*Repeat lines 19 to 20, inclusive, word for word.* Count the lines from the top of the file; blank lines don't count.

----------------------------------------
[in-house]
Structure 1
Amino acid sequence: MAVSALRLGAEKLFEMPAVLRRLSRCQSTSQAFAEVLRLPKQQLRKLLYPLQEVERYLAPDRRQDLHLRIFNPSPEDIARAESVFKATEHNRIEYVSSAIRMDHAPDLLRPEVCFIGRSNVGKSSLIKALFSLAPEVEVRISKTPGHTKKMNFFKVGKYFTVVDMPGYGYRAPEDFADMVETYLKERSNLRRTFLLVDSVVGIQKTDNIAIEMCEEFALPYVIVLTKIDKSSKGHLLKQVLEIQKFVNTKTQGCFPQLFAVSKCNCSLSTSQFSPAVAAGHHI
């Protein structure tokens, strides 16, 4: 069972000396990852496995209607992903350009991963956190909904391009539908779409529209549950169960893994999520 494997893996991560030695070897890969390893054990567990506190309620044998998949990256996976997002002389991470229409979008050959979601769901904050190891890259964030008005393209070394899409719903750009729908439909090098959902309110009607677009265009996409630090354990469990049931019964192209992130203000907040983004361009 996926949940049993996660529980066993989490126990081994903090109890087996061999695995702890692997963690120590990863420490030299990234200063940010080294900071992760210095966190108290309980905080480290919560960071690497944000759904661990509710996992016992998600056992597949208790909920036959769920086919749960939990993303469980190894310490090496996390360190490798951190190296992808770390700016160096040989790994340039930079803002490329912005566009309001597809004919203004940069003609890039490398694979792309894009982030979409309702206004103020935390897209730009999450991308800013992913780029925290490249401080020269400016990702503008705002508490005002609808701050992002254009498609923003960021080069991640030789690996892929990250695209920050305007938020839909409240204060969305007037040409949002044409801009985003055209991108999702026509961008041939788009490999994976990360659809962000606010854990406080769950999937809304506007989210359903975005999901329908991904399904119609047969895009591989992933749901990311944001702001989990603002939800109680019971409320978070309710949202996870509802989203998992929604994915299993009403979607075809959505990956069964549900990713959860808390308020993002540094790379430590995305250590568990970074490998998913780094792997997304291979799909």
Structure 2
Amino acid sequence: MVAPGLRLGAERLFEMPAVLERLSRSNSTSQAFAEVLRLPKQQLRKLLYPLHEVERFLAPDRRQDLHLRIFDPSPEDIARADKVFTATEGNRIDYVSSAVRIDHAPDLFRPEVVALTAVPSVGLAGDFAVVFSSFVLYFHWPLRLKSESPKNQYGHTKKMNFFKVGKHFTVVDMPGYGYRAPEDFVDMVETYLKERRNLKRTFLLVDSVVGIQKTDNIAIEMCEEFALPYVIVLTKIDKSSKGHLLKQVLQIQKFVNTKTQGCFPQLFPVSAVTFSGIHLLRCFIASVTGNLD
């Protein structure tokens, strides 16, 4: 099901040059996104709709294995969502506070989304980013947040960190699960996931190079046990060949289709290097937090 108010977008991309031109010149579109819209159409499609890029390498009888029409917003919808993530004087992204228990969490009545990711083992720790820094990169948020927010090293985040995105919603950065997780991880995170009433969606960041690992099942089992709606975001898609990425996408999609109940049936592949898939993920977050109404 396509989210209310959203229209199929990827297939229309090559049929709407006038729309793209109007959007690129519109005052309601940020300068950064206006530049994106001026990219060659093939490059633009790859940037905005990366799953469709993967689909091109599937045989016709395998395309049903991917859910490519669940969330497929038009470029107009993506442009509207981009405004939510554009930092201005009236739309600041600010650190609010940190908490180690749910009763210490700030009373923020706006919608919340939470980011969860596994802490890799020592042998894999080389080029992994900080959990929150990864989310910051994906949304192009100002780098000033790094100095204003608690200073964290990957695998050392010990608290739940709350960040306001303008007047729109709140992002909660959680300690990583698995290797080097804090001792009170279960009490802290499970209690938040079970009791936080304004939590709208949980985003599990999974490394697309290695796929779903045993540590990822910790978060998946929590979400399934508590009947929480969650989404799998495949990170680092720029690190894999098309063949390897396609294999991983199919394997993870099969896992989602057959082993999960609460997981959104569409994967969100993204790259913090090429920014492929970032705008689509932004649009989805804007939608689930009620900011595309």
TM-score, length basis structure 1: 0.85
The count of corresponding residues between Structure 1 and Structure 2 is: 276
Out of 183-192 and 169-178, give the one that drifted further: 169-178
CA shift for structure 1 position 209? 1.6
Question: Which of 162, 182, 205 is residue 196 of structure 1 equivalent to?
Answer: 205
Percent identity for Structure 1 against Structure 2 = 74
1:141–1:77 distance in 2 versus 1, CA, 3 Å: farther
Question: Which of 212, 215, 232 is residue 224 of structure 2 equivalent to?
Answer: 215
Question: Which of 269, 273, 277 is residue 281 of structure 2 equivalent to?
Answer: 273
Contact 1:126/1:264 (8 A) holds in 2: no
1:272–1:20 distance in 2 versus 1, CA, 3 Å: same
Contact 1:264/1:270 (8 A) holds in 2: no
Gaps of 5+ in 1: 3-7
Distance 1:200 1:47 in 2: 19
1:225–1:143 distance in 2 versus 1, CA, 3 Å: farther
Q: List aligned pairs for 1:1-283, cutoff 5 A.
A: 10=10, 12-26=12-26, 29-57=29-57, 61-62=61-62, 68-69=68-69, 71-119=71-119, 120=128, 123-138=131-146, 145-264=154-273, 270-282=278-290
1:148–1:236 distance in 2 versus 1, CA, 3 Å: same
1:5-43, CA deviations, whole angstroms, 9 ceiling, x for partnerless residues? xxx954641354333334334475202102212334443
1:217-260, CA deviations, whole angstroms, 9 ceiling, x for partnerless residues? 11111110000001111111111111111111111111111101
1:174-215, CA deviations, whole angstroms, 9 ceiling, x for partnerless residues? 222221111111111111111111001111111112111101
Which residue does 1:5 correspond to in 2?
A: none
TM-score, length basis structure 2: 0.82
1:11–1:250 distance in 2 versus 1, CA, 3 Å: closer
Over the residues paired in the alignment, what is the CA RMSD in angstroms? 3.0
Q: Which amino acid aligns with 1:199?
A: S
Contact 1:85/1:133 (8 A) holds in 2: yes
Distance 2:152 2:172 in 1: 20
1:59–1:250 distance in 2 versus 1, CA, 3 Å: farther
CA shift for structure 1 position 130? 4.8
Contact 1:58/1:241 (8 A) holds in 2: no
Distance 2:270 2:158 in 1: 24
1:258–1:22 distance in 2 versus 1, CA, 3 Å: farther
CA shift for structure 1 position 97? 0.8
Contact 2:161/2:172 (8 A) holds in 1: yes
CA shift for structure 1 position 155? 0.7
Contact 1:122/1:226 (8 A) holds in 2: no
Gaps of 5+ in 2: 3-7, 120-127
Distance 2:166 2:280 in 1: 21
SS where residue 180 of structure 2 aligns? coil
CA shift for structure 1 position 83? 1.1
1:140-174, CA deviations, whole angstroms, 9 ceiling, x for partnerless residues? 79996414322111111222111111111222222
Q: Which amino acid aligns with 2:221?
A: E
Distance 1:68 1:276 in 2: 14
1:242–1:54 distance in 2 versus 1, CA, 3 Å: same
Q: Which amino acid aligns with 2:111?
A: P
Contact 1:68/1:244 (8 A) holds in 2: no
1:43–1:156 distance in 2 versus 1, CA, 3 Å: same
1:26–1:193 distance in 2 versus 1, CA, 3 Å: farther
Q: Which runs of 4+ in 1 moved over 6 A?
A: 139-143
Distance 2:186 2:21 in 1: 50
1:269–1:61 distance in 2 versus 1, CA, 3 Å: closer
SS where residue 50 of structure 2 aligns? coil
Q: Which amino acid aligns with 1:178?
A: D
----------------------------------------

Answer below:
Answer: 273
Contact 1:126/1:264 (8 A) holds in 2: no